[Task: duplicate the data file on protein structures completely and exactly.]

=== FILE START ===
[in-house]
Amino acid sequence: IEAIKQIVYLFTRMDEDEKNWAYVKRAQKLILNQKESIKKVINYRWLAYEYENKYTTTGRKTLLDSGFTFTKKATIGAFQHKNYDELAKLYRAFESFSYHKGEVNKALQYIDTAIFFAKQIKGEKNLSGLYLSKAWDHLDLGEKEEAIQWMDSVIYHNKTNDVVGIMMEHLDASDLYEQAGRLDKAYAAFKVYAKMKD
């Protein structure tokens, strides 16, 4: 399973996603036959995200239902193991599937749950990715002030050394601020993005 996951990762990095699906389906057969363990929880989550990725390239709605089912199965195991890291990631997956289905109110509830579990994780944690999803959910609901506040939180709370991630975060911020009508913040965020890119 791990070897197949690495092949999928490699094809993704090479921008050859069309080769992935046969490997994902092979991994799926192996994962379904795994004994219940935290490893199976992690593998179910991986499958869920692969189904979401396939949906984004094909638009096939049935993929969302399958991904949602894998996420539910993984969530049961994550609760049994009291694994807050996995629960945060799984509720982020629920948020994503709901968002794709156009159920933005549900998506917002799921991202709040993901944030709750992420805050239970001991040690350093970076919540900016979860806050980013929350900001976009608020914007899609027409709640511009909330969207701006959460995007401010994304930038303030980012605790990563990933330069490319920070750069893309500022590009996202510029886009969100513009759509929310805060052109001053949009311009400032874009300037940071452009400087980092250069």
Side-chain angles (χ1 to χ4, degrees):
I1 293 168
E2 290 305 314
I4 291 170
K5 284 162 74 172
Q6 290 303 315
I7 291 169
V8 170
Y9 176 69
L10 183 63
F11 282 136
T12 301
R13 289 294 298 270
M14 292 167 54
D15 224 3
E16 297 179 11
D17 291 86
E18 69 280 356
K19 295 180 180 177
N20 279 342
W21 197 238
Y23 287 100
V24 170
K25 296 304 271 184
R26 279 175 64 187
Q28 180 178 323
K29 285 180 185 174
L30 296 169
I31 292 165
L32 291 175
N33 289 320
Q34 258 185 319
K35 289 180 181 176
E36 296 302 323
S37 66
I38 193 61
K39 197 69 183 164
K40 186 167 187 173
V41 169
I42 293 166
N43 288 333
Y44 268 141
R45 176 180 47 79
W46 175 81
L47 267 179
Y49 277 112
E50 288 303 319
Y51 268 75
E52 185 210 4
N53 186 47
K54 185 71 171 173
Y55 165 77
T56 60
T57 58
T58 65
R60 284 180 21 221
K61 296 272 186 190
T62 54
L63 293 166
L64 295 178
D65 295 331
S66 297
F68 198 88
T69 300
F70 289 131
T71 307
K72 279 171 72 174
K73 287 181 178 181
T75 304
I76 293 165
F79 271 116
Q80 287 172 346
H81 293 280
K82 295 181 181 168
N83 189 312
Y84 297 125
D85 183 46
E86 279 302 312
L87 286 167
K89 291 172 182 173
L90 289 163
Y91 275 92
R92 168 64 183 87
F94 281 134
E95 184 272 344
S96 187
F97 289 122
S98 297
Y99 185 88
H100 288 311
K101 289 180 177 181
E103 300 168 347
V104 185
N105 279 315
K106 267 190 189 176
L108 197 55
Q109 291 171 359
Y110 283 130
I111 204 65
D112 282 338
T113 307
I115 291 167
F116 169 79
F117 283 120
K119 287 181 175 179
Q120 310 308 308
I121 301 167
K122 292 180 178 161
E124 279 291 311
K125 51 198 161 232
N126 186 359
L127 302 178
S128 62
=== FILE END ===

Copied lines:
[in-house]
Amino acid sequence: IEAIKQIVYLFTRMDEDEKNWAYVKRAQKLILNQKESIKKVINYRWLAYEYENKYTTTGRKTLLDSGFTFTKKATIGAFQHKNYDELAKLYRAFESFSYHKGEVNKALQYIDTAIFFAKQIKGEKNLSGLYLSKAWDHLDLGEKEEAIQWMDSVIYHNKTNDVVGIMMEHLDASDLYEQAGRLDKAYAAFKVYAKMKD
């Protein structure tokens, strides 16, 4: 399973996603036959995200239902193991599937749950990715002030050394601020993005 996951990762990095699906389906057969363990929880989550990725390239709605089912199965195991890291990631997956289905109110509830579990994780944690999803959910609901506040939180709370991630975060911020009508913040965020890119 791990070897197949690495092949999928490699094809993704090479921008050859069309080769992935046969490997994902092979991994799926192996994962379904795994004994219940935290490893199976992690593998179910991986499958869920692969189904979401396939949906984004094909638009096939049935993929969302399958991904949602894998996420539910993984969530049961994550609760049994009291694994807050996995629960945060799984509720982020629920948020994503709901968002794709156009159920933005549900998506917002799921991202709040993901944030709750992420805050239970001991040690350093970076919540900016979860806050980013929350900001976009608020914007899609027409709640511009909330969207701006959460995007401010994304930038303030980012605790990563990933330069490319920070750069893309500022590009996202510029886009969100513009759509929310805060052109001053949009311009400032874009300037940071452009400087980092250069």
Side-chain angles (χ1 to χ4, degrees):
I1 293 168
E2 290 305 314
I4 291 170
K5 284 162 74 172
Q6 290 303 315
I7 291 169
V8 170
Y9 176 69
L10 183 63
F11 282 136
T12 301
R13 289 294 298 270
M14 292 167 54
D15 224 3
E16 297 179 11
D17 291 86
E18 69 280 356
K19 295 180 180 177
N20 279 342
W21 197 238
Y23 287 100
V24 170
K25 296 304 271 184
R26 279 175 64 187
Q28 180 178 323
K29 285 180 185 174
L30 296 169
I31 292 165
L32 291 175
N33 289 320
Q34 258 185 319
K35 289 180 181 176
E36 296 302 323
S37 66
I38 193 61
K39 197 69 183 164
K40 186 167 187 173
V41 169
I42 293 166
N43 288 333
Y44 268 141
R45 176 180 47 79
W46 175 81
L47 267 179
Y49 277 112
E50 288 303 319
Y51 268 75
E52 185 210 4
N53 186 47
K54 185 71 171 173
Y55 165 77
T56 60
T57 58
T58 65
R60 284 180 21 221
K61 296 272 186 190
T62 54
L63 293 166
L64 295 178
D65 295 331
S66 297
F68 198 88
T69 300
F70 289 131
T71 307
K72 279 171 72 174
K73 287 181 178 181
T75 304
I76 293 165
F79 271 116
Q80 287 172 346
H81 293 280
K82 295 181 181 168
N83 189 312
Y84 297 125
D85 183 46
E86 279 302 312
L87 286 167
K89 291 172 182 173
L90 289 163
Y91 275 92
R92 168 64 183 87
F94 281 134
E95 184 272 344
S96 187
F97 289 122
S98 297
Y99 185 88
H100 288 311
K101 289 180 177 181
E103 300 168 347
V104 185
N105 279 315
K106 267 190 189 176
L108 197 55
Q109 291 171 359
Y110 283 130
I111 204 65
D112 282 338
T113 307
I115 291 167
F116 169 79
F117 283 120
K119 287 181 175 179
Q120 310 308 308
I121 301 167
K122 292 180 178 161
E124 279 291 311
K125 51 198 161 232
N126 186 359
L127 302 178
S128 62